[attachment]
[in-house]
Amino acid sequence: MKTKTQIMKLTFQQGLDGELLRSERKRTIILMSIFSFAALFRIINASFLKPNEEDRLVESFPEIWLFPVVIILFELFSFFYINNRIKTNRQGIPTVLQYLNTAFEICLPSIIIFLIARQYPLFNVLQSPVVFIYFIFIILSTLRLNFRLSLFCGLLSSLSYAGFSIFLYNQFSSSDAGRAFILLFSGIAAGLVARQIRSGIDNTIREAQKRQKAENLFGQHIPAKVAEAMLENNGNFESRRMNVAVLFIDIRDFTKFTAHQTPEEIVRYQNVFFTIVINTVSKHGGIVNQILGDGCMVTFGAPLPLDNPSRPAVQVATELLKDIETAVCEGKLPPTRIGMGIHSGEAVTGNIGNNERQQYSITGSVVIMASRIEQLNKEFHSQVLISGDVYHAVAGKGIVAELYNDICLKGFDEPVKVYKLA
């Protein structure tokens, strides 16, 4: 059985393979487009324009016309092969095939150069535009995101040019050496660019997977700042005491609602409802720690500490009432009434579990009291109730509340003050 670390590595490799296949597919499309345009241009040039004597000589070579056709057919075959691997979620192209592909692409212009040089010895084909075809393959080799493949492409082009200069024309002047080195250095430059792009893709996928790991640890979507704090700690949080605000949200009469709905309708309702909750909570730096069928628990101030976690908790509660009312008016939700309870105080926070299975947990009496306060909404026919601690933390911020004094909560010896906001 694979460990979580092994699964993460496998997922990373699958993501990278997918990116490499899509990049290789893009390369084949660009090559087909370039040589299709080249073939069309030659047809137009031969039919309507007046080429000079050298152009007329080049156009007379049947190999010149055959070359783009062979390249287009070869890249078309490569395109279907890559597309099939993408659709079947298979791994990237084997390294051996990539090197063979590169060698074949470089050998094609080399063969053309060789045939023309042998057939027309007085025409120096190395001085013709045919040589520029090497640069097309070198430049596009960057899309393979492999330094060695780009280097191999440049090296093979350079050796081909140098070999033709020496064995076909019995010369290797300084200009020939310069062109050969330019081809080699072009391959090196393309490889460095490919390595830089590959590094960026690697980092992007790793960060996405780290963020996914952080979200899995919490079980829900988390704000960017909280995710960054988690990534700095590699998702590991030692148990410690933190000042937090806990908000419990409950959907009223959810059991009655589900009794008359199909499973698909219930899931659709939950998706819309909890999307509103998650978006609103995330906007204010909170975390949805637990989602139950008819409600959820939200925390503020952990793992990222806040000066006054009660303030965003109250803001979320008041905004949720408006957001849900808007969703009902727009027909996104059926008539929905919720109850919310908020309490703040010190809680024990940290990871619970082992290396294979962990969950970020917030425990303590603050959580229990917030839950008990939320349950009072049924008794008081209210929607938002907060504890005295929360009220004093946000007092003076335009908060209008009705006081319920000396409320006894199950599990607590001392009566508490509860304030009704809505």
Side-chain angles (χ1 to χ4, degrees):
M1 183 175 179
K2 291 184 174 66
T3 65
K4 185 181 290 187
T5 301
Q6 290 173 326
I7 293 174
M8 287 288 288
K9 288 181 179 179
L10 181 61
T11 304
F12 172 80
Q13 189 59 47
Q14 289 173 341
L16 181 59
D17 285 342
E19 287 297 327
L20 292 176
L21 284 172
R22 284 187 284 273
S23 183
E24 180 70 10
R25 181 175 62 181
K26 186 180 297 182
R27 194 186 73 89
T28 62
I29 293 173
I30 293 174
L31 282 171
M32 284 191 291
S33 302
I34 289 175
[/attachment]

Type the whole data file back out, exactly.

[in-house]
Amino acid sequence: MKTKTQIMKLTFQQGLDGELLRSERKRTIILMSIFSFAALFRIINASFLKPNEEDRLVESFPEIWLFPVVIILFELFSFFYINNRIKTNRQGIPTVLQYLNTAFEICLPSIIIFLIARQYPLFNVLQSPVVFIYFIFIILSTLRLNFRLSLFCGLLSSLSYAGFSIFLYNQFSSSDAGRAFILLFSGIAAGLVARQIRSGIDNTIREAQKRQKAENLFGQHIPAKVAEAMLENNGNFESRRMNVAVLFIDIRDFTKFTAHQTPEEIVRYQNVFFTIVINTVSKHGGIVNQILGDGCMVTFGAPLPLDNPSRPAVQVATELLKDIETAVCEGKLPPTRIGMGIHSGEAVTGNIGNNERQQYSITGSVVIMASRIEQLNKEFHSQVLISGDVYHAVAGKGIVAELYNDICLKGFDEPVKVYKLA
């Protein structure tokens, strides 16, 4: 059985393979487009324009016309092969095939150069535009995101040019050496660019997977700042005491609602409802720690500490009432009434579990009291109730509340003050 670390590595490799296949597919499309345009241009040039004597000589070579056709057919075959691997979620192209592909692409212009040089010895084909075809393959080799493949492409082009200069024309002047080195250095430059792009893709996928790991640890979507704090700690949080605000949200009469709905309708309702909750909570730096069928628990101030976690908790509660009312008016939700309870105080926070299975947990009496306060909404026919601690933390911020004094909560010896906001 694979460990979580092994699964993460496998997922990373699958993501990278997918990116490499899509990049290789893009390369084949660009090559087909370039040589299709080249073939069309030659047809137009031969039919309507007046080429000079050298152009007329080049156009007379049947190999010149055959070359783009062979390249287009070869890249078309490569395109279907890559597309099939993408659709079947298979791994990237084997390294051996990539090197063979590169060698074949470089050998094609080399063969053309060789045939023309042998057939027309007085025409120096190395001085013709045919040589520029090497640069097309070198430049596009960057899309393979492999330094060695780009280097191999440049090296093979350079050796081909140098070999033709020496064995076909019995010369290797300084200009020939310069062109050969330019081809080699072009391959090196393309490889460095490919390595830089590959590094960026690697980092992007790793960060996405780290963020996914952080979200899995919490079980829900988390704000960017909280995710960054988690990534700095590699998702590991030692148990410690933190000042937090806990908000419990409950959907009223959810059991009655589900009794008359199909499973698909219930899931659709939950998706819309909890999307509103998650978006609103995330906007204010909170975390949805637990989602139950008819409600959820939200925390503020952990793992990222806040000066006054009660303030965003109250803001979320008041905004949720408006957001849900808007969703009902727009027909996104059926008539929905919720109850919310908020309490703040010190809680024990940290990871619970082992290396294979962990969950970020917030425990303590603050959580229990917030839950008990939320349950009072049924008794008081209210929607938002907060504890005295929360009220004093946000007092003076335009908060209008009705006081319920000396409320006894199950599990607590001392009566508490509860304030009704809505």
Side-chain angles (χ1 to χ4, degrees):
M1 183 175 179
K2 291 184 174 66
T3 65
K4 185 181 290 187
T5 301
Q6 290 173 326
I7 293 174
M8 287 288 288
K9 288 181 179 179
L10 181 61
T11 304
F12 172 80
Q13 189 59 47
Q14 289 173 341
L16 181 59
D17 285 342
E19 287 297 327
L20 292 176
L21 284 172
R22 284 187 284 273
S23 183
E24 180 70 10
R25 181 175 62 181
K26 186 180 297 182
R27 194 186 73 89
T28 62
I29 293 173
I30 293 174
L31 282 171
M32 284 191 291
S33 302
I34 289 175